Then, Donald Trump decided to run for President. This decision had a profound effect on Mr. Sayoc—he found a calling for the first time in years. Before 2015, Mr. Sayoc was not especially political. He did not vote, volunteer for candidates, go to political rallies, or follow most political issues. Old friends, acquaintances, and family members do not remember him ever speaking to them about political issues or politicians. But when Donald Trump announced his candidacy, Mr. Sayoc came to view Trump as a personal champion—someone who had helped him through the most difficult periods of his life and who could do the same for other people across the country. He threw himself into the campaign by attending rallies, passing out flyers, and covering his van in pro-Trump stickers, including some that he had custom printed.

They said Sayoc was an “avid follower of @RealDonaldTrump, Donald Trump’s Twitter page, where Trump posted prolifically about his political enemies, including all of the recipients of Mr. Sayoc’s mailings.”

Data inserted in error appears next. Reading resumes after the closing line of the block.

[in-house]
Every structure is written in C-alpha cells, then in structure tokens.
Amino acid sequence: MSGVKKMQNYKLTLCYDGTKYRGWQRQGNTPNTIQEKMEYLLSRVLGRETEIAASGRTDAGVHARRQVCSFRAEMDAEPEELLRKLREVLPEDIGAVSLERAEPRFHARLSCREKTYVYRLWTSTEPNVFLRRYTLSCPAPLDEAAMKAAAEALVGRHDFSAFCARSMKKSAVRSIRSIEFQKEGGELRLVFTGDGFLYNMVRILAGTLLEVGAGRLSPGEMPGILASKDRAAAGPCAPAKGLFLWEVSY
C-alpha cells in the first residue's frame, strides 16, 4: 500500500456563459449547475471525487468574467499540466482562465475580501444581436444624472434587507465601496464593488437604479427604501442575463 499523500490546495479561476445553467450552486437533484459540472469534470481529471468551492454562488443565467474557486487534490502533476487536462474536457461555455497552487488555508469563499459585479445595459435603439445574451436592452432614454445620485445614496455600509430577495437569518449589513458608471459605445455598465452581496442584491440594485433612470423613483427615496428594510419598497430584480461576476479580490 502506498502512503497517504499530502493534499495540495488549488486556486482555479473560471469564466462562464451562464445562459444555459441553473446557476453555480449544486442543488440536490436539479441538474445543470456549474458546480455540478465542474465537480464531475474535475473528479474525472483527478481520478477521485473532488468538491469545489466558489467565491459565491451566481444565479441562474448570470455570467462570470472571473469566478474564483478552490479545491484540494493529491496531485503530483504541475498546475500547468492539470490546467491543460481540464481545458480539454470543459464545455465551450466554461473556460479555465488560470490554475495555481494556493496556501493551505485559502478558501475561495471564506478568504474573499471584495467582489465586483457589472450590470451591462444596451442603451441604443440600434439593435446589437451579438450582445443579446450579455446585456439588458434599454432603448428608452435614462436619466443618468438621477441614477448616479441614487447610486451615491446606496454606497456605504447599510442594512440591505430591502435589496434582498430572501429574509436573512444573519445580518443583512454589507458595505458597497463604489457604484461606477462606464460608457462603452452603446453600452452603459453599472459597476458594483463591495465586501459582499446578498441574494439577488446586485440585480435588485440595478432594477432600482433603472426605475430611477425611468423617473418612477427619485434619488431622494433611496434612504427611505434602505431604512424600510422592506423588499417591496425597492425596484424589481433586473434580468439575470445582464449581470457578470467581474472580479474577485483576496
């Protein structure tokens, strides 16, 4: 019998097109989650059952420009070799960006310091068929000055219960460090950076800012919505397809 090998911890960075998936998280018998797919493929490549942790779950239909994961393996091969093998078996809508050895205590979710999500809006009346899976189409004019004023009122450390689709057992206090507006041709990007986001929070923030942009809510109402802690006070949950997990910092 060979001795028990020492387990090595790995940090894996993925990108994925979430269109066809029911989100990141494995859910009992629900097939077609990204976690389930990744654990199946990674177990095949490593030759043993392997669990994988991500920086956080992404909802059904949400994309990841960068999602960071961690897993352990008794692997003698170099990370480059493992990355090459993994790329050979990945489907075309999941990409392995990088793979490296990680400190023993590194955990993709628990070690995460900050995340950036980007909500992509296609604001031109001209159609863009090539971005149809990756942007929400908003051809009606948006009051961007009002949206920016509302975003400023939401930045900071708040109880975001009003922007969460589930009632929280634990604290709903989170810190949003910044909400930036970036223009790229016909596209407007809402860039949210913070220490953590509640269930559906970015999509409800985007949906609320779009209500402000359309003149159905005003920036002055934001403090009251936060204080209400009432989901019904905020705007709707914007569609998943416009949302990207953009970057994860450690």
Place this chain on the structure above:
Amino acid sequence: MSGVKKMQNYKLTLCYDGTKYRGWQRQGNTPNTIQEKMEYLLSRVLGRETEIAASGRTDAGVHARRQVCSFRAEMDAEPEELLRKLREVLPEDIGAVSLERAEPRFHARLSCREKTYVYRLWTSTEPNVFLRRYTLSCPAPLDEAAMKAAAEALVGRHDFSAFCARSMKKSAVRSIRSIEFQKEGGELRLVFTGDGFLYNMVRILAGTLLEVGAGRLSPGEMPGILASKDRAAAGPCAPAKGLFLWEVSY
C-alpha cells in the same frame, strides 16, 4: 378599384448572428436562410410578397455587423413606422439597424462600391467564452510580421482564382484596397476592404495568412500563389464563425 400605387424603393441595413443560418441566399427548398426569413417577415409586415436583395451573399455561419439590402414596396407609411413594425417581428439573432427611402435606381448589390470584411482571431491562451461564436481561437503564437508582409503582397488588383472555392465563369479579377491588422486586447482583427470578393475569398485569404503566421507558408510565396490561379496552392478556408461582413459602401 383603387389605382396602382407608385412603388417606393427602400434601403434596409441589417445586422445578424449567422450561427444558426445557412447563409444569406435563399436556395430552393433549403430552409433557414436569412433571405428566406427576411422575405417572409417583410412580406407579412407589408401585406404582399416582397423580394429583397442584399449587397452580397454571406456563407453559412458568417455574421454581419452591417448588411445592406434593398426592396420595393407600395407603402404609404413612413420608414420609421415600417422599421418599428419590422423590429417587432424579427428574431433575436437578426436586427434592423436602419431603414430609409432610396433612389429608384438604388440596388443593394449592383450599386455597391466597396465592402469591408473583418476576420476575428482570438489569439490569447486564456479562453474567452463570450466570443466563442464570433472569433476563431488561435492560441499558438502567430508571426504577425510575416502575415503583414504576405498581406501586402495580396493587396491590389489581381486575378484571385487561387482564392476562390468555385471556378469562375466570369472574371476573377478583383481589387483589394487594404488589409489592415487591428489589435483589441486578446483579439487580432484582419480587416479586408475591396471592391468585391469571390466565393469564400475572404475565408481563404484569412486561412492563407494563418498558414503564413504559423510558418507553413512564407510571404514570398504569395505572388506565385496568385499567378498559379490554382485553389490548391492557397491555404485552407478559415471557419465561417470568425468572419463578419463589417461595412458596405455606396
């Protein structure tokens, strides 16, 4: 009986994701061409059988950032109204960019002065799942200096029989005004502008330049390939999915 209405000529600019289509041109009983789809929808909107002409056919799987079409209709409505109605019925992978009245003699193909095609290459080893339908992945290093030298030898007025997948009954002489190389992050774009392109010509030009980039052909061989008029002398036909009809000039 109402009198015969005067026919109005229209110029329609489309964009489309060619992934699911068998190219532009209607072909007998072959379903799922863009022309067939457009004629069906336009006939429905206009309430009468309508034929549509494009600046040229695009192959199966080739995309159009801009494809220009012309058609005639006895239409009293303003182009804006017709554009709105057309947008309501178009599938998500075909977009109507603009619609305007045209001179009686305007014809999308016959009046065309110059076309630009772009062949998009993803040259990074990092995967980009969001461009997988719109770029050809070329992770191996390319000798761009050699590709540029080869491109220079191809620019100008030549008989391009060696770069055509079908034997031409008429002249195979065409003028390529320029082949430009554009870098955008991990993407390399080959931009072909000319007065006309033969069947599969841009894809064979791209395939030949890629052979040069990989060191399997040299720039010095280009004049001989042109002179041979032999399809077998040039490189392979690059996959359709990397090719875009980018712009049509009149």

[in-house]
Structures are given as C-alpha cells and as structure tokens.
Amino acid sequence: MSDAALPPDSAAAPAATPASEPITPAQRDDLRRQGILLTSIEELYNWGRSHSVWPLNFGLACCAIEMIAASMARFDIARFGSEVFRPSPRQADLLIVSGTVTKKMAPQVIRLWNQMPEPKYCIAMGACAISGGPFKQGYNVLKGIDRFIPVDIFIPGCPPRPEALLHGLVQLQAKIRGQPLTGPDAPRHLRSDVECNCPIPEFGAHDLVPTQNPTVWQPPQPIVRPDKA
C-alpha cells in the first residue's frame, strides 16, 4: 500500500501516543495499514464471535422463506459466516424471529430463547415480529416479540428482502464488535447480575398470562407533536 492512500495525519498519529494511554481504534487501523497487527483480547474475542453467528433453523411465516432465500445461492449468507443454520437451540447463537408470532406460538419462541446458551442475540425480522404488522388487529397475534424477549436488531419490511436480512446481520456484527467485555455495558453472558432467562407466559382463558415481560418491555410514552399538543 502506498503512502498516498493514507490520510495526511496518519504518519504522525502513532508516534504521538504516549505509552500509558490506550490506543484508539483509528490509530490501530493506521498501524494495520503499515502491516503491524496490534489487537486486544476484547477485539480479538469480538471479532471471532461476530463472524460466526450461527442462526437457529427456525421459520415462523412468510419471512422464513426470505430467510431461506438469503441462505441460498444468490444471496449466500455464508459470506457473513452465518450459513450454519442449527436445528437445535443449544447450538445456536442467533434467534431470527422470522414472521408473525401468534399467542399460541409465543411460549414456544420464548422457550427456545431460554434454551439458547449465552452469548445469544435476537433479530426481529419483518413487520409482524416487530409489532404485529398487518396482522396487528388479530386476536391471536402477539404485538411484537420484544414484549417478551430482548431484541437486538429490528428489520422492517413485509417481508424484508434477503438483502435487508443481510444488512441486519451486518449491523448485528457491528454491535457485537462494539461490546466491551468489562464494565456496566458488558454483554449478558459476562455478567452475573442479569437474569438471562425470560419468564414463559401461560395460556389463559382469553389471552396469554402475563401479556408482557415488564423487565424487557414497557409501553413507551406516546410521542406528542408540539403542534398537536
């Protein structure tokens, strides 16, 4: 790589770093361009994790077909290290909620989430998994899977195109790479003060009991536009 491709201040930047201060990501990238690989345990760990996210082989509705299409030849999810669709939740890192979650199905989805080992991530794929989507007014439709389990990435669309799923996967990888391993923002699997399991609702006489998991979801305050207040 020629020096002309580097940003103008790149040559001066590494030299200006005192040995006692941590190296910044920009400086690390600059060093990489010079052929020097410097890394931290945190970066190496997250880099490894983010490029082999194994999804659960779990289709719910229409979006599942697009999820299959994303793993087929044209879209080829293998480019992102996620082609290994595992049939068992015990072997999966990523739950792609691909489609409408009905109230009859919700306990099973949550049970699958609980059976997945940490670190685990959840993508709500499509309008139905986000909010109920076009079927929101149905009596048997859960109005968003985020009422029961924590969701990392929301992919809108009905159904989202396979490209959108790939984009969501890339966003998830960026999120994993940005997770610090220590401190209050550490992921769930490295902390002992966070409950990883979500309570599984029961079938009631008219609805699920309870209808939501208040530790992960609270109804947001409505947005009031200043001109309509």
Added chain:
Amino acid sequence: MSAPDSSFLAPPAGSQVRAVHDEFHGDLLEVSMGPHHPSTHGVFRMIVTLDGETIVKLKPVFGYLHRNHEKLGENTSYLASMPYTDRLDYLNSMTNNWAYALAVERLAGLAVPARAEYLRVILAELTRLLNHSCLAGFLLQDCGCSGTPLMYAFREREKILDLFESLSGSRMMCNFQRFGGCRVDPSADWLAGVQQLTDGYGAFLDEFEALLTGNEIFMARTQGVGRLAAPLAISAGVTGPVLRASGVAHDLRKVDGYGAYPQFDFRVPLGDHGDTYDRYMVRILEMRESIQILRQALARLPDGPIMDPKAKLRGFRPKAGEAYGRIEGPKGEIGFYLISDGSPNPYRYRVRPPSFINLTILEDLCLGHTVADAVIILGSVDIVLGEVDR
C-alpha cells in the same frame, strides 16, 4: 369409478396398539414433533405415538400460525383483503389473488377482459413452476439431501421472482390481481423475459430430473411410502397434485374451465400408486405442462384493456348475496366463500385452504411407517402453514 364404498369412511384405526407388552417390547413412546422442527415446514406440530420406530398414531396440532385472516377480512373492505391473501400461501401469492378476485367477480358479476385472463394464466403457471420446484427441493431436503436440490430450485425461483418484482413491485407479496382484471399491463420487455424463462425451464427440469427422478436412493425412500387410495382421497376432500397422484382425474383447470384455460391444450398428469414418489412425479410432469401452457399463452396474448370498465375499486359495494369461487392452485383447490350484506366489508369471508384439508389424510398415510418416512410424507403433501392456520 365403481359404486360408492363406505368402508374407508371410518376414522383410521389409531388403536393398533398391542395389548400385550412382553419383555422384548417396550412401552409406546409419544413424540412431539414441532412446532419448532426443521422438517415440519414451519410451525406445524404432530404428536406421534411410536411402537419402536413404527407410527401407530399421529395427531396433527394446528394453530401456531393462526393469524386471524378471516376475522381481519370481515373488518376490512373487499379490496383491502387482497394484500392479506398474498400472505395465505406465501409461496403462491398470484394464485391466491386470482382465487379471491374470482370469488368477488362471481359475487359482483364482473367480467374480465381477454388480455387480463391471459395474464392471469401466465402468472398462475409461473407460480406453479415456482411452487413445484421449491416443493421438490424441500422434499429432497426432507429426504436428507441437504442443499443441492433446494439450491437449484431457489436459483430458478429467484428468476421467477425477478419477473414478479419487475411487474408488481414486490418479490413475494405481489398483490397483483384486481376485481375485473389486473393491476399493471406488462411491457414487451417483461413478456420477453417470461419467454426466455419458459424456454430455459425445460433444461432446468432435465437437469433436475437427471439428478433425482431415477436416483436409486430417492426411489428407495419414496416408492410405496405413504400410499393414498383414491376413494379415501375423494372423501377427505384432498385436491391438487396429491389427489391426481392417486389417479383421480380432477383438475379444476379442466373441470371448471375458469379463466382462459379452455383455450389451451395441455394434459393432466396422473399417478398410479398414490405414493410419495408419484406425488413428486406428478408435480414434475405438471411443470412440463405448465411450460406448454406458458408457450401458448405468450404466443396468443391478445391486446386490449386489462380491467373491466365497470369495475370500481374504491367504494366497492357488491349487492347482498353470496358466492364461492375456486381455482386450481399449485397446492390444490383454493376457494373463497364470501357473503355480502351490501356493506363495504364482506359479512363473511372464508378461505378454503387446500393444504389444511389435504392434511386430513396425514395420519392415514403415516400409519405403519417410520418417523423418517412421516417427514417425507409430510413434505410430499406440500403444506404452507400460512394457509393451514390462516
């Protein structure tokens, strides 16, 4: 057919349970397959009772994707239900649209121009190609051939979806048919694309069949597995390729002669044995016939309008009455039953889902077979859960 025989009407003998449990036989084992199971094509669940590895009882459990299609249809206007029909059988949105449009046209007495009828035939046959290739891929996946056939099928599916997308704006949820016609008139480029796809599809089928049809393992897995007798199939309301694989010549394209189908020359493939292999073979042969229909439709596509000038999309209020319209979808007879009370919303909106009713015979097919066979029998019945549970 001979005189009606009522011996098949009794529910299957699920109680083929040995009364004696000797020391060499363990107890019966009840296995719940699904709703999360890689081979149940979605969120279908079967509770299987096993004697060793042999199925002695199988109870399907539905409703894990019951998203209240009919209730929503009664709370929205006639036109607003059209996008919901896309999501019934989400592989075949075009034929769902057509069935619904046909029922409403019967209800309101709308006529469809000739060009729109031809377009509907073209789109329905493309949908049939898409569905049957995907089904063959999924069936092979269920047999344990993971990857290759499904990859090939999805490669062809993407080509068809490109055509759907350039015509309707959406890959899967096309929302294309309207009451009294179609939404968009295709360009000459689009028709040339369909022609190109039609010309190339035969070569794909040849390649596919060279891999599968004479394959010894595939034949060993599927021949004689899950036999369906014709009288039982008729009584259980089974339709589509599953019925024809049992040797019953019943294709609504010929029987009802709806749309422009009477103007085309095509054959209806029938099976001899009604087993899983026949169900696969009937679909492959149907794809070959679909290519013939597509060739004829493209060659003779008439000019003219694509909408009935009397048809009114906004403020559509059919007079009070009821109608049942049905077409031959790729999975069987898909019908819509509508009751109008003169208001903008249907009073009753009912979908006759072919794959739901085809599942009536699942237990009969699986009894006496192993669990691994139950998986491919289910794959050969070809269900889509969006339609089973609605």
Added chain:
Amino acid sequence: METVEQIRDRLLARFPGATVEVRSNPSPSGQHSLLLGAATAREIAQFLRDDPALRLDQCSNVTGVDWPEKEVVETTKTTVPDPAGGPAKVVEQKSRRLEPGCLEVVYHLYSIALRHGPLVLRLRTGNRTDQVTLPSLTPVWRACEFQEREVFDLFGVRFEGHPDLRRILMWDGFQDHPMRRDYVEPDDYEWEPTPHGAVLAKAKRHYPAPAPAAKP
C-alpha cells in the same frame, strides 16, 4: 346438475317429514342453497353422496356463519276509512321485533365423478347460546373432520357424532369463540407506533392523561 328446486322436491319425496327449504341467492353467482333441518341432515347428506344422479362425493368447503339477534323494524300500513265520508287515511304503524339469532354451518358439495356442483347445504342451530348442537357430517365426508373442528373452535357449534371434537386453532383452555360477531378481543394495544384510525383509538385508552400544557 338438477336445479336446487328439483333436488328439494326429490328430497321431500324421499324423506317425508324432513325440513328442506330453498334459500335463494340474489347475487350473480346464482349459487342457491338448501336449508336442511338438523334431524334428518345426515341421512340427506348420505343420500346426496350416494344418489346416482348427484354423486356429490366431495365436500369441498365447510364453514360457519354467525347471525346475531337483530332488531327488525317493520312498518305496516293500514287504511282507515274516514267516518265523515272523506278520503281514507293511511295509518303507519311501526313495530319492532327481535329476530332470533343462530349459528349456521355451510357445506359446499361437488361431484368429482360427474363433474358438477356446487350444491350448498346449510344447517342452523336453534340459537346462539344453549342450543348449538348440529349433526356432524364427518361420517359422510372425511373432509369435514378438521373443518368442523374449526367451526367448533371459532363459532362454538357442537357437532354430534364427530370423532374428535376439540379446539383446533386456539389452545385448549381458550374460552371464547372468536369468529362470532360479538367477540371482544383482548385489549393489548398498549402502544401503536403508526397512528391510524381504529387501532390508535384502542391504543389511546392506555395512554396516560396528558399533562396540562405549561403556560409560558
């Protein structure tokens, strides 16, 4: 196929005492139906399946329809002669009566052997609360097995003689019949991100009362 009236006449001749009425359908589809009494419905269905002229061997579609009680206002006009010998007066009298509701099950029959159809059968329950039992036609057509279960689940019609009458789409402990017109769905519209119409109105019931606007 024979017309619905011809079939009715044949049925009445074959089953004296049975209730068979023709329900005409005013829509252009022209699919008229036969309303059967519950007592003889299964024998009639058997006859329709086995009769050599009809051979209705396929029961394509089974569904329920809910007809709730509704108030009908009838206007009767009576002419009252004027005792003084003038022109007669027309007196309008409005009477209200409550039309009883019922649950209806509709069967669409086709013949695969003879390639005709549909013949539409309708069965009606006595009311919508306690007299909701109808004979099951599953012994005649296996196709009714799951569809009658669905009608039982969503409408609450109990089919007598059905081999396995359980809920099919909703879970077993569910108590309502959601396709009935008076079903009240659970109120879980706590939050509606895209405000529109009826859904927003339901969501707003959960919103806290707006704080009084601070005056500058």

“In his tweets, Trump portrayed these individuals as dangerous, corrupt, and un-American,” the attorneys continued. “For example, he suggested that anti-Trump protestors were paid agents of billionaire George Soros and that Hillary Clinton should be prosecuted for corruption and put in jail.”

“Mr. Sayoc was particularly susceptible to believing these dubious stories of Democratic malfeasance. The combination of his cognitive deficiencies, steroid-induced delusional thinking, political naiveté, and his isolation resulted in Mr. Sayoc being unable to critically evaluate these claims,” they added.